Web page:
Southminster Presbyterian in Marietta, Woodlawn Presbyterian in Mableton and Calvary Presbyterian in Marietta will all diminish after Sunday, no longer to be recognized as churches. They will all be replaced by one larger church, not yet created, called Light of Hope Presbyterian.
All three existing church buildings are up for sale, according to the Rev. Peter Paulsen, pastor of the Southminster and Calvary churches.
“Each congregation has deep history in Cobb County, but our congregations are becoming smaller and older,” said Southminster member Beverly Pearce.
The churches have all been in Cobb County since the 1960s, and many of their members have, too.
As Paulsen and the Rev. John Spangler, pastor of Woodlawn, recognized their church members weren’t getting any younger, they began talking about joining forces. Both are at retirement age, so with the closing of the three churches, both pastors will step down and Edwin Gonzalez Gertz of Miami will minister to Light of Hope.
The congregations have seen declining membership rolls. They lack human resources, Paulsen said. They need youth and energy. The average age is 65, he said.
Paulsen said only one member of the three churches has declined to sign up as a member of the newly formed church.
“This could have been an opportunity for people to leave, but they haven’t done so,” said Paulsen, whose Southminster congregation is the largest of the three with 80 members. Calvary is home to 65 members and Woodlawn 60.
As the three churches dissolve and form Light of Hope, churchgoers will temporarily meet at Southminster, Paulsen said. The first official Light of Hope service will be on Easter, but the first meeting of all three groups will be next Sunday, which is Palm Sunday.
The Southminster church building will house the new Light of Hope congregation for no more than two years, Paulsen said. It will then move to a new location that’s not a traditional church building.
“Traditional church buildings aren’t built for ministries,” Paulsen said. “We need to add some elements to the program to make it more attractive to young families.”
The new elements will be more contemporary, but won’t stray from the “classic Presbyterian DNA,” as Paulsen put it.
Each church has promised that the site starting out at Light of Hope will only be temporary, and they intend to find a vacated building – possibly an old bookstore or Home Depot site – to draw a new crowd, Spangler said.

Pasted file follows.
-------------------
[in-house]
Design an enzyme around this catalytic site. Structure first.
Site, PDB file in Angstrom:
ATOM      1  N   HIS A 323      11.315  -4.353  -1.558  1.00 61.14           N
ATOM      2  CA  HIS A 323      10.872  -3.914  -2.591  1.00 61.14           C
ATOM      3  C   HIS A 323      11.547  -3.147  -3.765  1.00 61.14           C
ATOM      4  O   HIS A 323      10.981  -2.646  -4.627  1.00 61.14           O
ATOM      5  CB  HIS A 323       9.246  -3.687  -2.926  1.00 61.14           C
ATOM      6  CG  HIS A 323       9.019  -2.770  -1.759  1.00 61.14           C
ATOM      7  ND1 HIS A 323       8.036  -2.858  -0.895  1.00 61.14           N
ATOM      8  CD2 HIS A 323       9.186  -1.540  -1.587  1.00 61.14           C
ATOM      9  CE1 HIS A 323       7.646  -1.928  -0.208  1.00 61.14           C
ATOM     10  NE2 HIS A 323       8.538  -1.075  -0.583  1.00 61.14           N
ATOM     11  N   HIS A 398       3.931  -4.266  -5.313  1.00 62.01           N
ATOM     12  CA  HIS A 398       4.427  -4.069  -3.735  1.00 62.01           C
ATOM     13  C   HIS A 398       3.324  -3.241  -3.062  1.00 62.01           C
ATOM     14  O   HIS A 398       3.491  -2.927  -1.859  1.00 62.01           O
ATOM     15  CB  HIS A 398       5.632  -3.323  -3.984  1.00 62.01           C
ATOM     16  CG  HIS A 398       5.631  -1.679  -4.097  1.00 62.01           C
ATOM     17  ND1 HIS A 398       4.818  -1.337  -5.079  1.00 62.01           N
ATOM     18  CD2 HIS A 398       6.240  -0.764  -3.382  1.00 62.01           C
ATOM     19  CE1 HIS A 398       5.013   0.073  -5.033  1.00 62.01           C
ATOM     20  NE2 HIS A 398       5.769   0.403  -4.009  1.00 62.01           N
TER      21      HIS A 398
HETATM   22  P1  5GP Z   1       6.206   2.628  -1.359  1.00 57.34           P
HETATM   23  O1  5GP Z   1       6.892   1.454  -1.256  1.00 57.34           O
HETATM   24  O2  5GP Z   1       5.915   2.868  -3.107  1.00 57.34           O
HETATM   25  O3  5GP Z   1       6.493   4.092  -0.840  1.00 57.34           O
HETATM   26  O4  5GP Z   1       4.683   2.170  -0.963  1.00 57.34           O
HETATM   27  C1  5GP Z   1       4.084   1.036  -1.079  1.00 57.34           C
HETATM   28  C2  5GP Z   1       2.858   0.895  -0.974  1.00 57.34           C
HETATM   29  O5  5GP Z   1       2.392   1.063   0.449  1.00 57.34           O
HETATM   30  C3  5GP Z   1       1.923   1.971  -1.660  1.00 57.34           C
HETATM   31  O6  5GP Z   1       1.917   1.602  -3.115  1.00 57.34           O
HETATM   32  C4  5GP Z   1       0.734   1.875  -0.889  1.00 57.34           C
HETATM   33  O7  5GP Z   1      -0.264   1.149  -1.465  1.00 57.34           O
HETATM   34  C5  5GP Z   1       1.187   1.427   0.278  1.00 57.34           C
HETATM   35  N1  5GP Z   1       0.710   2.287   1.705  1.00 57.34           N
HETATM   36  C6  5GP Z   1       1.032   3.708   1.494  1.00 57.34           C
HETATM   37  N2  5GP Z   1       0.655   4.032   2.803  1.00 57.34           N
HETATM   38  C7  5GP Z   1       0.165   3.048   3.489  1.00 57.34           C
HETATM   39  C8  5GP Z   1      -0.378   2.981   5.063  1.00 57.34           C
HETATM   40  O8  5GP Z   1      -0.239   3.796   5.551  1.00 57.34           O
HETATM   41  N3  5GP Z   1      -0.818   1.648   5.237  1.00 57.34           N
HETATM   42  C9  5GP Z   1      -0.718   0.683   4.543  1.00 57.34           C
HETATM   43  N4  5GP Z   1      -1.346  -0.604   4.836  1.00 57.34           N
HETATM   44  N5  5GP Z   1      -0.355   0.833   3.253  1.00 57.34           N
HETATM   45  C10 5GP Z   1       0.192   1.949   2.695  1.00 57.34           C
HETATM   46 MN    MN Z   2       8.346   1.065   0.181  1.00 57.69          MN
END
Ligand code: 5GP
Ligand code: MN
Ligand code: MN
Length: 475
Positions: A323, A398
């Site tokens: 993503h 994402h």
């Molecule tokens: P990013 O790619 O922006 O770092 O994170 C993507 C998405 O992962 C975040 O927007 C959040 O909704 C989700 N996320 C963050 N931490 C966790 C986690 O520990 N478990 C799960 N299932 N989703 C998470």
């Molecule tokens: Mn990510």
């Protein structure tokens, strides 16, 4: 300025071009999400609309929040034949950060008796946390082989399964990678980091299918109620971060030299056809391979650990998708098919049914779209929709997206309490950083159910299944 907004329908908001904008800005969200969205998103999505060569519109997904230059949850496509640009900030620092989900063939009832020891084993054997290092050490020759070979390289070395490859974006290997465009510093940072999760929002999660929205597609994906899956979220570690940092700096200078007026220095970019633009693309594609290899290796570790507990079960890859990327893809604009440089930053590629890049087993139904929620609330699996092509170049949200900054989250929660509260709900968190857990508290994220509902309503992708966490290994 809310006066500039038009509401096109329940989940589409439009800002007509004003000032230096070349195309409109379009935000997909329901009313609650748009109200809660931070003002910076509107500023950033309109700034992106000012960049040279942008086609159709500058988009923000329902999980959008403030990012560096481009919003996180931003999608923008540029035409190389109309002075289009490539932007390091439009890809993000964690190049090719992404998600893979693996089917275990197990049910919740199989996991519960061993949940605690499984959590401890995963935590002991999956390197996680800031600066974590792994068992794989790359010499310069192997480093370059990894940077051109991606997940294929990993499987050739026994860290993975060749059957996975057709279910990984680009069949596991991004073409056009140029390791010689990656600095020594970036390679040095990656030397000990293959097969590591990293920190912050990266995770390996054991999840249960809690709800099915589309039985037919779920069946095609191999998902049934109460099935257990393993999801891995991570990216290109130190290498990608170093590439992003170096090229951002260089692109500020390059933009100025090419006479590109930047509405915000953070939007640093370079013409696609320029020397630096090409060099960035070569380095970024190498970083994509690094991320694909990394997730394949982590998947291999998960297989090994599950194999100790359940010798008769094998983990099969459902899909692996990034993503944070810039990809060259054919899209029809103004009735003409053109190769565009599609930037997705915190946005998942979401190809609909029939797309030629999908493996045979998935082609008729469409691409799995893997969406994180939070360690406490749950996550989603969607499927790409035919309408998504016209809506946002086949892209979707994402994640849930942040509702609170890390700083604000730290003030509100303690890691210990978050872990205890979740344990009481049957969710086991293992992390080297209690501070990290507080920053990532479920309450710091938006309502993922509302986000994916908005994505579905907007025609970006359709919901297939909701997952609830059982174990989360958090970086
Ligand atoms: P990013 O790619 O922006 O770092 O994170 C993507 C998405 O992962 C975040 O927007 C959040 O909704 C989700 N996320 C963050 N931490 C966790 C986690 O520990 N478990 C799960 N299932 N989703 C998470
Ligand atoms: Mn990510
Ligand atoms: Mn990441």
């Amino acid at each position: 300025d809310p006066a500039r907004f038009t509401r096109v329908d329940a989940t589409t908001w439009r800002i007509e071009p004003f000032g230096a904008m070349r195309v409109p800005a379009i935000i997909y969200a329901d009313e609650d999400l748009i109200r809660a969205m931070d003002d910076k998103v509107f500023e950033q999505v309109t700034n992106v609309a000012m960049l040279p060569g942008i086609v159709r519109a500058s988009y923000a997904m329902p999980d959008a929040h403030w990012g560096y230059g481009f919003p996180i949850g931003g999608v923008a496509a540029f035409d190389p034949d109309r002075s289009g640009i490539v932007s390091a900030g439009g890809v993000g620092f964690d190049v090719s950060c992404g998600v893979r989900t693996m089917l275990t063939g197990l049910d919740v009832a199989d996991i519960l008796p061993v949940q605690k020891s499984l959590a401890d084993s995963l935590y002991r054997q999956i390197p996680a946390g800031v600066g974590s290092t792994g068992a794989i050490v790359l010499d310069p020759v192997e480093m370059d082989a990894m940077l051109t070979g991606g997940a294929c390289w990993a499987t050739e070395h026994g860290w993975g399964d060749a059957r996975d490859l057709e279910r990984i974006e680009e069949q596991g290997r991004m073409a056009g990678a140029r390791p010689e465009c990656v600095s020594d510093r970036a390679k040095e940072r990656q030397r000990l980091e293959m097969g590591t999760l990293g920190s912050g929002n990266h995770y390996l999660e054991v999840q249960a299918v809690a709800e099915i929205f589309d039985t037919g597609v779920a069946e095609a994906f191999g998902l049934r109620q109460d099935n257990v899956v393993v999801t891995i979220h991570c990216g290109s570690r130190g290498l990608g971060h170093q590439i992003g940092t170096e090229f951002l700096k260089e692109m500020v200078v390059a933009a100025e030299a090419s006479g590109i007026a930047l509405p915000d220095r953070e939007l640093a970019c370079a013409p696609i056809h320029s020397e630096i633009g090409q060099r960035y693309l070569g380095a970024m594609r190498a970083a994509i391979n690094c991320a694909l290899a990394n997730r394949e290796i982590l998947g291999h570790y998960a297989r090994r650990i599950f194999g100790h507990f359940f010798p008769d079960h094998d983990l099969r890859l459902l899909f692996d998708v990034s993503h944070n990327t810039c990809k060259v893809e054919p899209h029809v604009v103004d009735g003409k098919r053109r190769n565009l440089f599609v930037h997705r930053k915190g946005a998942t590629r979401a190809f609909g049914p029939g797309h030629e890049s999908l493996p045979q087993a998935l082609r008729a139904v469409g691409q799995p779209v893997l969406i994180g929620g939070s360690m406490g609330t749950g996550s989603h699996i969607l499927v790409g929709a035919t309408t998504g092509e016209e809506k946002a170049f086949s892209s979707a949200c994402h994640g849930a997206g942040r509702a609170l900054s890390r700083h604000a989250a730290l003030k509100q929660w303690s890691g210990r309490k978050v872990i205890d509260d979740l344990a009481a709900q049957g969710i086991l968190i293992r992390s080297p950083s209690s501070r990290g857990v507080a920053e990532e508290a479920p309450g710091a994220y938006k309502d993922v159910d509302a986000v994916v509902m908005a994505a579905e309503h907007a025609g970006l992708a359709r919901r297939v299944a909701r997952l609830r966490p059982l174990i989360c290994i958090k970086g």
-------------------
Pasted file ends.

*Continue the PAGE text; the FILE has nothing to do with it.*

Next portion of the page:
Gertz is aware of the change and is on board, Paulsen said. He also speaks fluent Spanish, which makes him more accessible to the Hispanic population in Cobb County.
“He has a lively personality and never meets a stranger,” Paulsen said.
Gertz has been in Cobb County since January visiting with all three congregations. He’s also been in contact with the Vision Team – a group of three members from each church who have been working together for the last three years as the voice of their churches.
Each congregation chose their own representatives for the Vision Team, Spangler said. The team discussed demographics of the area compared with that of the congregations, and found the church needed to cater to a younger age group.
“We started by learning about each other’s churches and about dissolving three churches and chartering a new church,” said Leslie Watkins, Vision Team member from Woodlawn.
The Vision Team divided into a legal business team and a mission team to tackle the social and financial aspects of the chartered church. They also brought back information to their fellow members and voiced concerns from their members to the rest of the team.
“It’s bittersweet for many, and very difficult for some,” Watkins said. “I’ve been a member at Woodlawn for more than 50 years. I got married here in April 1971, and my children were baptized here.”
People are adjusting to losing the church buildings and the pastors they’re comfortable with, but are also welcoming the new pastor and Light of Hope, she said.
“It’s emotional, but you realize it’s about more than the buildings,” Watkins said. “It’s more about God’s plan for this group of people.”
The goal is also to reach a new, younger group of people, and to reach out to the whole community, said Pat Alverson, Vision Team member from Calvary. Possible projects, with a larger, more energetic group, could include a soup kitchen, she said.
Alverson, a Calvary member since 1979, is almost all in. She said she’s 90 percent excited, but still 10 percent sad.
“This has been a small, intimate group, and that will go away,” she said. “And our minister will go away.”
But at all three churches, the members – for the most part – are ready for the change.
“The loss of your home congregation always tears at your heart a little bit, but this is a much better choice than watching the church get smaller and weaker,” Pearce said. “We’re going to emerge as a whole new beginning, and so much planning has gone in that we know this is what God really wants us to do.”